Getting to grips with knife crime
Today, the Home Office launched a new campaign to reduce knife crime among young people. We’re seeing an upward trend in offences involving a knife or sharp instrument being recorded by police nationally. While overall numbers locally are low, we must get to grips with the issue.
Enforcement is just one strand to consider. There are clear links between drugs and knife crime, with roughly a quarter of cases in Dorset thought to be related to drug debt or organised criminality. Police must use this intelligence to use stop and search powers in an effective way, targeting those known to be prolific knife carriers who present the greatest threat.
But knives and other bladed items are too readily available for policing to enforce its way out of the problem. We need to put our energy into prevention as well as reaction. Real intervention means engaging early with young people and those individuals who are on the edges of involvement with criminal activity.
Nationally, we know that children, often from unsupportive backgrounds, are being targeted by organised crime groups to carry drugs for them and sometimes knives. The individual may come to see the drug network as family but the reality is that they are being exploited, putting themselves in danger and are disposable to whomever is grooming them. They need help in developing the capacity to make positive decisions around their peer groups, involvement in crime and carrying weapons.
I’m concerned that some of our teenagers are worried about people with knives or weapons. We don’t want young people to carry knives, whether as a status symbol or because they misguidedly believe everyone else is. There is a role for our Safe Schools & Communities Team to continue to educate and challenge misperceptions.
We need to change mind-sets on a number of levels and learn from the successes seen in Scotland where knife crime is viewed through a public health lens, which recognises that we must change attitudes towards violence more generally.
While we are fortunate to live in a county infrequently affected by knife crime, a significant proportion of the incidents we do see are related to domestic abuse. The act of violence itself may not be pre-meditated and the weapon used may vary depending on what’s to hand. Challenging the acceptability of violence through courses designed to change behaviours and working with the partners to effectively safeguard those at risk must be the primary focus.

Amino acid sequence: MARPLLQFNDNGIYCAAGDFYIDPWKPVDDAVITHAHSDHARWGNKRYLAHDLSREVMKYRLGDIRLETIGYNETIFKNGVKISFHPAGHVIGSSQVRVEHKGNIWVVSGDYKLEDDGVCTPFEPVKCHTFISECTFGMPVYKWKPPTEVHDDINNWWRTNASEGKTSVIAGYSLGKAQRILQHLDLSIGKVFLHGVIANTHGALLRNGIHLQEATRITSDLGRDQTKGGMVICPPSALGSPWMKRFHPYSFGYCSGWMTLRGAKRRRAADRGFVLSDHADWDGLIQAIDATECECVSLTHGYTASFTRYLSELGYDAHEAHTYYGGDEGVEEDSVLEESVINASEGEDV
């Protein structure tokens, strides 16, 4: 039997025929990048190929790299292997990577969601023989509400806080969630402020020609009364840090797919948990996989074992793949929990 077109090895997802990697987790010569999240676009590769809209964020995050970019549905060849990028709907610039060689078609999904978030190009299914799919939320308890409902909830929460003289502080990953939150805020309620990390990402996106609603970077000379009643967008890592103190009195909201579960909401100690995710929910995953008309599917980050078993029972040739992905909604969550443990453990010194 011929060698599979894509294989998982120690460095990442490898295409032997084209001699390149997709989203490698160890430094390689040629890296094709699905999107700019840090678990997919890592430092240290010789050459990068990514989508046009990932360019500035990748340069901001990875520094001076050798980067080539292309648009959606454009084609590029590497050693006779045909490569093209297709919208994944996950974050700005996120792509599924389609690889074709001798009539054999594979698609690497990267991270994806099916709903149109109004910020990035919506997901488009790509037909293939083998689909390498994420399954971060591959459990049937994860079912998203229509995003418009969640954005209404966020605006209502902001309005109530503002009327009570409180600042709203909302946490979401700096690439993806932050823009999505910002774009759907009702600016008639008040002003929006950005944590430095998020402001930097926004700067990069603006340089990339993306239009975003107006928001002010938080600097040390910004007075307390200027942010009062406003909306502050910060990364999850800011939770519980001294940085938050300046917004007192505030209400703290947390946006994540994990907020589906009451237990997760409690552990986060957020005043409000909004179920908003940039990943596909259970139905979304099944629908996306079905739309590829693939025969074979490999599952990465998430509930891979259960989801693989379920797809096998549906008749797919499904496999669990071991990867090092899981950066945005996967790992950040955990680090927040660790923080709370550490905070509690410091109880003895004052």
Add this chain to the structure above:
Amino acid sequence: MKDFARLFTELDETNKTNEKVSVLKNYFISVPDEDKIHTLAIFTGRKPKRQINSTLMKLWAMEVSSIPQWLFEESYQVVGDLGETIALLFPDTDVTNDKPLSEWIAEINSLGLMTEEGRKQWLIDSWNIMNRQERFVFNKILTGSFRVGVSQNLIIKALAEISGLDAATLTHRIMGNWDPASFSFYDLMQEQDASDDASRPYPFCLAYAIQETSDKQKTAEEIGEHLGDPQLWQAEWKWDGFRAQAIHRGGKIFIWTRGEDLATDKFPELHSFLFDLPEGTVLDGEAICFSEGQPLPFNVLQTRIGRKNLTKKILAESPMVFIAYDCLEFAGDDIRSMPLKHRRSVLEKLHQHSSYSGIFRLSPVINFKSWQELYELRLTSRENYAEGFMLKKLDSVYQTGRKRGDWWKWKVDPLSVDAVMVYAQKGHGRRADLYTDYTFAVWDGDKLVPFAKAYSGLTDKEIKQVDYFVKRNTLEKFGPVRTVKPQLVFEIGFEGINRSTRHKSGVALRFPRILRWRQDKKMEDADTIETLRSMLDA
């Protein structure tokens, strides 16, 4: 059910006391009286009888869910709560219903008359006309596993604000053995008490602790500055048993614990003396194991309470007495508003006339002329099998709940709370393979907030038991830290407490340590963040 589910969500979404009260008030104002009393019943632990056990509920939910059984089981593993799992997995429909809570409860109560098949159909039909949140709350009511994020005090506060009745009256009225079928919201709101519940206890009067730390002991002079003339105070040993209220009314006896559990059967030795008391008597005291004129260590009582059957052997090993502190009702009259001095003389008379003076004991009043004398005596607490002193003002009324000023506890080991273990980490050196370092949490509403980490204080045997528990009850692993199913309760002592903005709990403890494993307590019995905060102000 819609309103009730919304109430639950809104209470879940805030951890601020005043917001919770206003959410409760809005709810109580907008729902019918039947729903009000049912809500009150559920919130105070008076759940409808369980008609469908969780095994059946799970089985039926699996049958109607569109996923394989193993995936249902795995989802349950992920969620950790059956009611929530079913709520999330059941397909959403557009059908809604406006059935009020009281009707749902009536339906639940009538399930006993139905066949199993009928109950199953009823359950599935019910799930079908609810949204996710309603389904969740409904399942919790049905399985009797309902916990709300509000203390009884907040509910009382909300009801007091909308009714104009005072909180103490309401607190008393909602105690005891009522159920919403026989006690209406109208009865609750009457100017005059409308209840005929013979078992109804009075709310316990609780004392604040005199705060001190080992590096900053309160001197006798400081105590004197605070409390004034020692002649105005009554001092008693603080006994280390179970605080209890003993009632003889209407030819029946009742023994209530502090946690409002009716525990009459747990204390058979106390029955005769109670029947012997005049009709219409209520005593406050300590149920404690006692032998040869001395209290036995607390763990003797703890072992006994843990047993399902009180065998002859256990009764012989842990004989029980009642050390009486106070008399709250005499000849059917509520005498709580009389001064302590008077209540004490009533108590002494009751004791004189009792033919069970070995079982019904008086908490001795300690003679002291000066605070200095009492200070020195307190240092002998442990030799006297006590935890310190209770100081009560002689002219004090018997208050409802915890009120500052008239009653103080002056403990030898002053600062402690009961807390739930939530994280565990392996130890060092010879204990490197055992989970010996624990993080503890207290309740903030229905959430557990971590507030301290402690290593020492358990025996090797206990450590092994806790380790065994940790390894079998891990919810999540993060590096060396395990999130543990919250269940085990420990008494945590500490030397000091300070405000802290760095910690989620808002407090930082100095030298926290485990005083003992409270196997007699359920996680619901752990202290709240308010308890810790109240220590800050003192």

Other cases categorised as ‘knife crime’ are undeniably linked to mental health or drug and alcohol problems. Again, the answer lies not in fixating on the particular weapon used, but in addressing the underlying causes so that violence involving a bladed weapon isn’t the end product.
Finally, it’s striking that the majority of knife crime incidents nationally involve men and boys. If this is influenced by traditional perceptions of masculinity based on aggression and violence, we must change the narrative: “real men” don’t carry knives. We need to ensure that no one falls through possible gaps in services that support young people in pursuing a life free from criminal activity. Community organisations, youth workers, educators, charities, social workers and families all have an important role to play here.
Knife crime goes beyond policing. It’s a public health issue. It’s an education issue. It’s an attitude issue. Above all, it’s a community issue.
PCC Martyn Underhill